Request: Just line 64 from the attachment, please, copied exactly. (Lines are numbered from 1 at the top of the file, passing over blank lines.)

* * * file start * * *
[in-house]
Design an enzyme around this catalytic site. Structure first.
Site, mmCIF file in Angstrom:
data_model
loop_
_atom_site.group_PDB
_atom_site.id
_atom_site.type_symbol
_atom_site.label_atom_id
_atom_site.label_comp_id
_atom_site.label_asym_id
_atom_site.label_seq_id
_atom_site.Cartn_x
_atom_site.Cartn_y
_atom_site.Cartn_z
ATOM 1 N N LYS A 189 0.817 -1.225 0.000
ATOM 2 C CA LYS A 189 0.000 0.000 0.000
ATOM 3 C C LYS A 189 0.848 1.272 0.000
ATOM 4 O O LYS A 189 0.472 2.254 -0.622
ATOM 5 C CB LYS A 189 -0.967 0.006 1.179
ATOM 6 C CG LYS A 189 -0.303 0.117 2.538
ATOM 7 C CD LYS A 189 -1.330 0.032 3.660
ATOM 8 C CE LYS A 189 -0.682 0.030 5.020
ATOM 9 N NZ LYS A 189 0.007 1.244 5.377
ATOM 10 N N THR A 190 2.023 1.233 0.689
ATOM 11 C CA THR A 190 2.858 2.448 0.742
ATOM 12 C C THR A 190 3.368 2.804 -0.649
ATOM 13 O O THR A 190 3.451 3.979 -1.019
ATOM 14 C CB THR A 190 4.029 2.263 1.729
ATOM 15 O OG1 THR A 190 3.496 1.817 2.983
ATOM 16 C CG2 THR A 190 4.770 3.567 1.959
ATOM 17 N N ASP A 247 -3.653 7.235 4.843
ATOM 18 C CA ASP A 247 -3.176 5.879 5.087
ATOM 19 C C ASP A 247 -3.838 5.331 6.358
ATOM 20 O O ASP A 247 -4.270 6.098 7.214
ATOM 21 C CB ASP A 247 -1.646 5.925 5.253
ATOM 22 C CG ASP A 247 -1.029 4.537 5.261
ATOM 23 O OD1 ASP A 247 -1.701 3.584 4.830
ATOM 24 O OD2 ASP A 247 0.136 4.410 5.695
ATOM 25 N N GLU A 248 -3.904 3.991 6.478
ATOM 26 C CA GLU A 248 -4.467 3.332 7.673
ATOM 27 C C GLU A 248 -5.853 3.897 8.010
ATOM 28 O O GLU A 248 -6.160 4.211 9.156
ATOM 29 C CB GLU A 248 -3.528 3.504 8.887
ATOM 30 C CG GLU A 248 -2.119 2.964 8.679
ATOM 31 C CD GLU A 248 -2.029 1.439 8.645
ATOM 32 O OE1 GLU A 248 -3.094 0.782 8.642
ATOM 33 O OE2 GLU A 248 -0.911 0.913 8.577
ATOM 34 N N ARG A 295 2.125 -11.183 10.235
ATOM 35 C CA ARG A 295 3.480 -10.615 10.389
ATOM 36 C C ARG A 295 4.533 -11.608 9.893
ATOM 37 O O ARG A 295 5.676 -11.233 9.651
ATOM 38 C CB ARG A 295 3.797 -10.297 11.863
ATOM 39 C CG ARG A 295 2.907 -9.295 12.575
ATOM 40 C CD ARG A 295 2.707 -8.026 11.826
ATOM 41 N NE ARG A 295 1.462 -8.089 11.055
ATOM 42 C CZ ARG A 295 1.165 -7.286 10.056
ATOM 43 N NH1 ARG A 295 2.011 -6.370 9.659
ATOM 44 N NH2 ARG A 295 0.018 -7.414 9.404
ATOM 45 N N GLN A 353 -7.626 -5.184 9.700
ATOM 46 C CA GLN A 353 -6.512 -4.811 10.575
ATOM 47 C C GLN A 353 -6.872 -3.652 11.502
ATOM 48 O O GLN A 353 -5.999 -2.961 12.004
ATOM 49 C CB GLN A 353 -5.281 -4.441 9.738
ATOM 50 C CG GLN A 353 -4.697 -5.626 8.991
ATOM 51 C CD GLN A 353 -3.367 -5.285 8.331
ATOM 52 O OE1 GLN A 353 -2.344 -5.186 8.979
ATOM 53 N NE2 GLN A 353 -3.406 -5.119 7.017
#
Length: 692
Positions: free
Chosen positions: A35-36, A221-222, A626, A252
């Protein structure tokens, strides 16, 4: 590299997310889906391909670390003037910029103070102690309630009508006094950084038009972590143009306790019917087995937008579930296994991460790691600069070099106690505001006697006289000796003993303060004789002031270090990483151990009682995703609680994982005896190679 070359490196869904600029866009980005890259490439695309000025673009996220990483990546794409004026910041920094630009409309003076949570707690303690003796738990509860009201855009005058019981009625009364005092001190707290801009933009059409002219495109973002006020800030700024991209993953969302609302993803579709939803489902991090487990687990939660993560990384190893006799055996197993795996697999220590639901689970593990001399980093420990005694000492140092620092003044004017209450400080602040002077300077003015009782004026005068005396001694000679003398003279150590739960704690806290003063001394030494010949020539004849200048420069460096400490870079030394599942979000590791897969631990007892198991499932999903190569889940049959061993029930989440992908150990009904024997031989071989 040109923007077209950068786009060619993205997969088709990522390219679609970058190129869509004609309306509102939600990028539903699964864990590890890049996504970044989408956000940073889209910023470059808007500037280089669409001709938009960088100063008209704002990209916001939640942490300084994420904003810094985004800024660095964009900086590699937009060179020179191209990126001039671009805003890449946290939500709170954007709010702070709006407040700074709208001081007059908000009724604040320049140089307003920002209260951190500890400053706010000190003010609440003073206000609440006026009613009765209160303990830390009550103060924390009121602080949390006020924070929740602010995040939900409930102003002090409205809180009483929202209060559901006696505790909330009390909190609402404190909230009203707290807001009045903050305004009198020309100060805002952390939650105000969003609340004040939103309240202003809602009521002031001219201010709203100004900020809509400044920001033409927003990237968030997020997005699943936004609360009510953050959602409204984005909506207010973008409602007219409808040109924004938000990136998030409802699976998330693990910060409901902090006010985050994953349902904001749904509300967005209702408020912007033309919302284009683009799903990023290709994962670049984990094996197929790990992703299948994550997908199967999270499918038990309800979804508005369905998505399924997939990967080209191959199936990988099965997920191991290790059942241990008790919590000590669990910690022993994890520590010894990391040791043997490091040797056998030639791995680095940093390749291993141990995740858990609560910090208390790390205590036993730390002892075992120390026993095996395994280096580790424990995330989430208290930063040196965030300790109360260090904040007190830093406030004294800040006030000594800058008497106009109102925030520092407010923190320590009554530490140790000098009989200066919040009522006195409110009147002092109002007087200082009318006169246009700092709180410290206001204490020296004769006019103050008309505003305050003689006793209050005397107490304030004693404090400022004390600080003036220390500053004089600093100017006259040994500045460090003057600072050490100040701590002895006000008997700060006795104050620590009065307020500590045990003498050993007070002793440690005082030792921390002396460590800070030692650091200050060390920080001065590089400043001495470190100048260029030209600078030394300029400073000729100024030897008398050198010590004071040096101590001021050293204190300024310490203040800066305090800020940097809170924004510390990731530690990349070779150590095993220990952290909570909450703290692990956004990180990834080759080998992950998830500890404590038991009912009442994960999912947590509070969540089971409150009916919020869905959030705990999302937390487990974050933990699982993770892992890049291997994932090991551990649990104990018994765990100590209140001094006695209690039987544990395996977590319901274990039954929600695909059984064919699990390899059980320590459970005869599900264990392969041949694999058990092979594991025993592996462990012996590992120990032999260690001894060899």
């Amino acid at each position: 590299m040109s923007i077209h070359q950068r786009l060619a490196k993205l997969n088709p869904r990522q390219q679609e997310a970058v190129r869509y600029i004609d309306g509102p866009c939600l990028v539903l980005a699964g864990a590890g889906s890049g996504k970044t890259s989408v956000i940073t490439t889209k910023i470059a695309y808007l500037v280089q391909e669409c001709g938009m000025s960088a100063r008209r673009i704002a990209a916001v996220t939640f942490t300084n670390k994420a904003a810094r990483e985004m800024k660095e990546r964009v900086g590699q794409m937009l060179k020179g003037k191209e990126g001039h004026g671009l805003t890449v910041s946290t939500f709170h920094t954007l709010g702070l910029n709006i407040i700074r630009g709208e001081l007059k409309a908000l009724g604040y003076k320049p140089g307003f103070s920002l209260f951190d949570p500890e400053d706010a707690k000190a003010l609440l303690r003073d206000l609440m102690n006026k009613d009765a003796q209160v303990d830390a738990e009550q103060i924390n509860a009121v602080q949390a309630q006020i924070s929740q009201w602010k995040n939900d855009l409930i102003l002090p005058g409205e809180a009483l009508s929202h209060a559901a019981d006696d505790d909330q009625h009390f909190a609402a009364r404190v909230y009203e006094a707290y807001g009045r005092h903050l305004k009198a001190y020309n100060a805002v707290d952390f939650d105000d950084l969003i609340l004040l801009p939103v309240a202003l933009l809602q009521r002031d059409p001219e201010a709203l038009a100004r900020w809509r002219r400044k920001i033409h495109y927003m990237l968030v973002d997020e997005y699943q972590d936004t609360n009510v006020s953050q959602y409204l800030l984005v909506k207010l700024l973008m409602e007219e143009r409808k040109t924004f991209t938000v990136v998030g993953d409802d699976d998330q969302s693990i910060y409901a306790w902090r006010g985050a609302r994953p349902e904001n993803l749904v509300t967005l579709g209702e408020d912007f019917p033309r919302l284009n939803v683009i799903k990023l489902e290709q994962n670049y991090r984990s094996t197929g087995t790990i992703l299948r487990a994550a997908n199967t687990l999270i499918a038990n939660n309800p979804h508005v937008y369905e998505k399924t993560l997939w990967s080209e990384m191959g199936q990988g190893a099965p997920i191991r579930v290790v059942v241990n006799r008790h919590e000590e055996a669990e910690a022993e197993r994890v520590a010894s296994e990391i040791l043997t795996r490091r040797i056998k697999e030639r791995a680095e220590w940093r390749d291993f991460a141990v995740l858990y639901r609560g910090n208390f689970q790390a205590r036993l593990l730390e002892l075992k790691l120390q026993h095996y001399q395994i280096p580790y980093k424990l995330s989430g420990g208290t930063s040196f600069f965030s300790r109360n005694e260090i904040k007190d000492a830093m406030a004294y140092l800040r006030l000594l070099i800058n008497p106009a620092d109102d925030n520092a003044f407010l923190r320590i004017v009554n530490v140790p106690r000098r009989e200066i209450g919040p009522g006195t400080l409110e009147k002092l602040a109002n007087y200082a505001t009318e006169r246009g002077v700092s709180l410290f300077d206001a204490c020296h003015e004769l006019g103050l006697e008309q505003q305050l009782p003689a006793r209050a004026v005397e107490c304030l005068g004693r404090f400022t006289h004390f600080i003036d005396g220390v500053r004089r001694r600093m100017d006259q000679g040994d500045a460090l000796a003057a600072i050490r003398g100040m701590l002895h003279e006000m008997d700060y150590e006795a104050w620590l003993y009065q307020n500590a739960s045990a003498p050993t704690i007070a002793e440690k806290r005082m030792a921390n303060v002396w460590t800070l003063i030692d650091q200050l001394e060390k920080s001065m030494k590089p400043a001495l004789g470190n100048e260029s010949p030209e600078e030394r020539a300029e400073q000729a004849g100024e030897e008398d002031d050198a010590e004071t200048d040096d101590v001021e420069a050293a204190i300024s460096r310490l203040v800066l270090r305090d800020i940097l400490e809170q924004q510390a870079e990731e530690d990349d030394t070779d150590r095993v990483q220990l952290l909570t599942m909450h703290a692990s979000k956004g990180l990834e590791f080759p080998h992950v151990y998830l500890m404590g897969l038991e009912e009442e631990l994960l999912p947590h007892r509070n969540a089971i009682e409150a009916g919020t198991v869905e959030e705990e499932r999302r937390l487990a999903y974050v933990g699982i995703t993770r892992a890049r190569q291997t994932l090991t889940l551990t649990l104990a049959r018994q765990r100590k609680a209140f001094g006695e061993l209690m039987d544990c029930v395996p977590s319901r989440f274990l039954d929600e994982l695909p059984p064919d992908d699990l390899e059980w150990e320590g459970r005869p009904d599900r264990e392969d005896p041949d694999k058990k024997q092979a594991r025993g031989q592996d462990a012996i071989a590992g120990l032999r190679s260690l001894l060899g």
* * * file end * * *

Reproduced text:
ATOM 49 C CB GLN A 353 -5.281 -4.441 9.738